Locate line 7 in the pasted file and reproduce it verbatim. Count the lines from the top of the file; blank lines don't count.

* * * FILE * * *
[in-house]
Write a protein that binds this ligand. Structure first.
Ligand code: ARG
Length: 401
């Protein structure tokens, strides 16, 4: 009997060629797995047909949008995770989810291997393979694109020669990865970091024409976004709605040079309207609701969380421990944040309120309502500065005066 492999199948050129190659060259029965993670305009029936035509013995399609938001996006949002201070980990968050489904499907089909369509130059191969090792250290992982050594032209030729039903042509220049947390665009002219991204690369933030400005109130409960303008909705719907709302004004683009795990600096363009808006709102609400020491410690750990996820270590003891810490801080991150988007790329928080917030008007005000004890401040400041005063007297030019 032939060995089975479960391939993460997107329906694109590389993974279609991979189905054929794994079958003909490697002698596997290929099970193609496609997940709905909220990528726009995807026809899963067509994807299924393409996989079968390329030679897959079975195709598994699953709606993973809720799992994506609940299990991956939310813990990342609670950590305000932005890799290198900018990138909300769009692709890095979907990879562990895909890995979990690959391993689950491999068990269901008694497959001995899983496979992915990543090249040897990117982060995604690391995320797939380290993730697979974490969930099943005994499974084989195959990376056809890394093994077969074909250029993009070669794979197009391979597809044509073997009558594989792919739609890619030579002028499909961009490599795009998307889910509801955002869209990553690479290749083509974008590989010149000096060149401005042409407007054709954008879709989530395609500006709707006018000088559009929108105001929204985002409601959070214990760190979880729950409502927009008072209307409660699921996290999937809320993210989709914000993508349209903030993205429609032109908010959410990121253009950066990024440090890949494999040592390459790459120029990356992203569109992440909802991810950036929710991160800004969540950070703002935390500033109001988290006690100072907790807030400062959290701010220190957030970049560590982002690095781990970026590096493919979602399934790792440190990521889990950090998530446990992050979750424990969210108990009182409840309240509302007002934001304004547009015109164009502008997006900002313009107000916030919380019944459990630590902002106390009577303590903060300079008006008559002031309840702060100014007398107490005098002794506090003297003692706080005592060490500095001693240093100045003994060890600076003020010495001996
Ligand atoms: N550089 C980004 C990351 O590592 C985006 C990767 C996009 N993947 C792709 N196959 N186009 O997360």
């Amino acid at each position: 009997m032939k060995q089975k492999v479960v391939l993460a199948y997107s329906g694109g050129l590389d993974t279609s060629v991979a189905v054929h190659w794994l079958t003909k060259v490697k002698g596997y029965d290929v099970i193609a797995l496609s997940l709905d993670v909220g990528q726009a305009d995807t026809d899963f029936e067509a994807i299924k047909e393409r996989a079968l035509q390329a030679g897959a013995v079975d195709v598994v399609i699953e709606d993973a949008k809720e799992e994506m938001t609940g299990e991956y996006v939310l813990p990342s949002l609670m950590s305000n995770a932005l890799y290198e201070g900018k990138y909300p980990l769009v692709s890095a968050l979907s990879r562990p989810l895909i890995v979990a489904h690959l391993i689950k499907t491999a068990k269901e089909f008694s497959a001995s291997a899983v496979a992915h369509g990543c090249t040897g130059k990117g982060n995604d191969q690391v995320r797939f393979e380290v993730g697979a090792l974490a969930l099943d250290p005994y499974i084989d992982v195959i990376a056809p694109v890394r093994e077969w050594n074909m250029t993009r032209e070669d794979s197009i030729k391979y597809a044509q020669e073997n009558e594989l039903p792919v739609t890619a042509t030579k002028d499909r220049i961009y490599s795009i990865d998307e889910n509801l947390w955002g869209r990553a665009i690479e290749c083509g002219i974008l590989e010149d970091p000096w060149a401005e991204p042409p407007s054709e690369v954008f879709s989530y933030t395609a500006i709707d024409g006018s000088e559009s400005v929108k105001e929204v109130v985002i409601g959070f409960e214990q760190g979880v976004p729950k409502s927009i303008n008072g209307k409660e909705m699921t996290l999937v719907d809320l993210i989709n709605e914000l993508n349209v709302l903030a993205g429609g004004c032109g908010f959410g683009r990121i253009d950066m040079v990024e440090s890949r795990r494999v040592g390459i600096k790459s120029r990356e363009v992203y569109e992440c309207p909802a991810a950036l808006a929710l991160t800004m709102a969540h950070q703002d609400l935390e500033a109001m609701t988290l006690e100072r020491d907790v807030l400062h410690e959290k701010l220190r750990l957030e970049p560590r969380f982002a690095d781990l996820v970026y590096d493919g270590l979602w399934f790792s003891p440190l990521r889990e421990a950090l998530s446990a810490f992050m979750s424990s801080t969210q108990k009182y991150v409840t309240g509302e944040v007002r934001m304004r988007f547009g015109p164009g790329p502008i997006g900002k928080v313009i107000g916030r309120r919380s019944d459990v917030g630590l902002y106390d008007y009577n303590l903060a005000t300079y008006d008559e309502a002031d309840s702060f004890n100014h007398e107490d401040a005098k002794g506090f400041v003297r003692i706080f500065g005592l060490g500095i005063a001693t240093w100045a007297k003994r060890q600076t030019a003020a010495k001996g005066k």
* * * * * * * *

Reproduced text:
């Amino acid at each position: 009997m032939k060995q089975k492999v479960v391939l993460a199948y997107s329906g694109g050129l590389d993974t279609s060629v991979a189905v054929h190659w794994l079958t003909k060259v490697k002698g596997y029965d290929v099970i193609a797995l496609s997940l709905d993670v909220g990528q726009a305009d995807t026809d899963f029936e067509a994807i299924k047909e393409r996989a079968l035509q390329a030679g897959a013995v079975d195709v598994v399609i699953e709606d993973a949008k809720e799992e994506m938001t609940g299990e991956y996006v939310l813990p990342s949002l609670m950590s305000n995770a932005l890799y290198e201070g900018k990138y909300p980990l769009v692709s890095a968050l979907s990879r562990p989810l895909i890995v979990a489904h690959l391993i689950k499907t491999a068990k269901e089909f008694s497959a001995s291997a899983v496979a992915h369509g990543c090249t040897g130059k990117g982060n995604d191969q690391v995320r797939f393979e380290v993730g697979a090792l974490a969930l099943d250290p005994y499974i084989d992982v195959i990376a056809p694109v890394r093994e077969w050594n074909m250029t993009r032209e070669d794979s197009i030729k391979y597809a044509q020669e073997n009558e594989l039903p792919v739609t890619a042509t030579k002028d499909r220049i961009y490599s795009i990865d998307e889910n509801l947390w955002g869209r990553a665009i690479e290749c083509g002219i974008l590989e010149d970091p000096w060149a401005e991204p042409p407007s054709e690369v954008f879709s989530y933030t395609a500006i709707d024409g006018s000088e559009s400005v929108k105001e929204v109130v985002i409601g959070f409960e214990q760190g979880v976004p729950k409502s927009i303008n008072g209307k409660e909705m699921t996290l999937v719907d809320l993210i989709n709605e914000l993508n349209v709302l903030a993205g429609g004004c032109g908010f959410g683009r990121i253009d950066m040079v990024e440090s890949r795990r494999v040592g390459i600096k790459s120029r990356e363009v992203y569109e992440c309207p909802a991810a950036l808006a929710l991160t800004m709102a969540h950070q703002d609400l935390e500033a109001m609701t988290l006690e100072r020491d907790v807030l400062h410690e959290k701010l220190r750990l957030e970049p560590r969380f982002a690095d781990l996820v970026y590096d493919g270590l979602w399934f790792s003891p440190l990521r889990e421990a950090l998530s446990a810490f992050m979750s424990s801080t969210q108990k009182y991150v409840t309240g509302e944040v007002r934001m304004r988007f547009g015109p164009g790329p502008i997006g900002k928080v313009i107000g916030r309120r919380s019944d459990v917030g630590l902002y106390d008007y009577n303590l903060a005000t300079y008006d008559e309502a002031d309840s702060f004890n100014h007398e107490d401040a005098k002794g506090f400041v003297r003692i706080f500065g005592l060490g500095i005063a001693t240093w100045a007297k003994r060890q600076t030019a003020a010495k001996g005066k």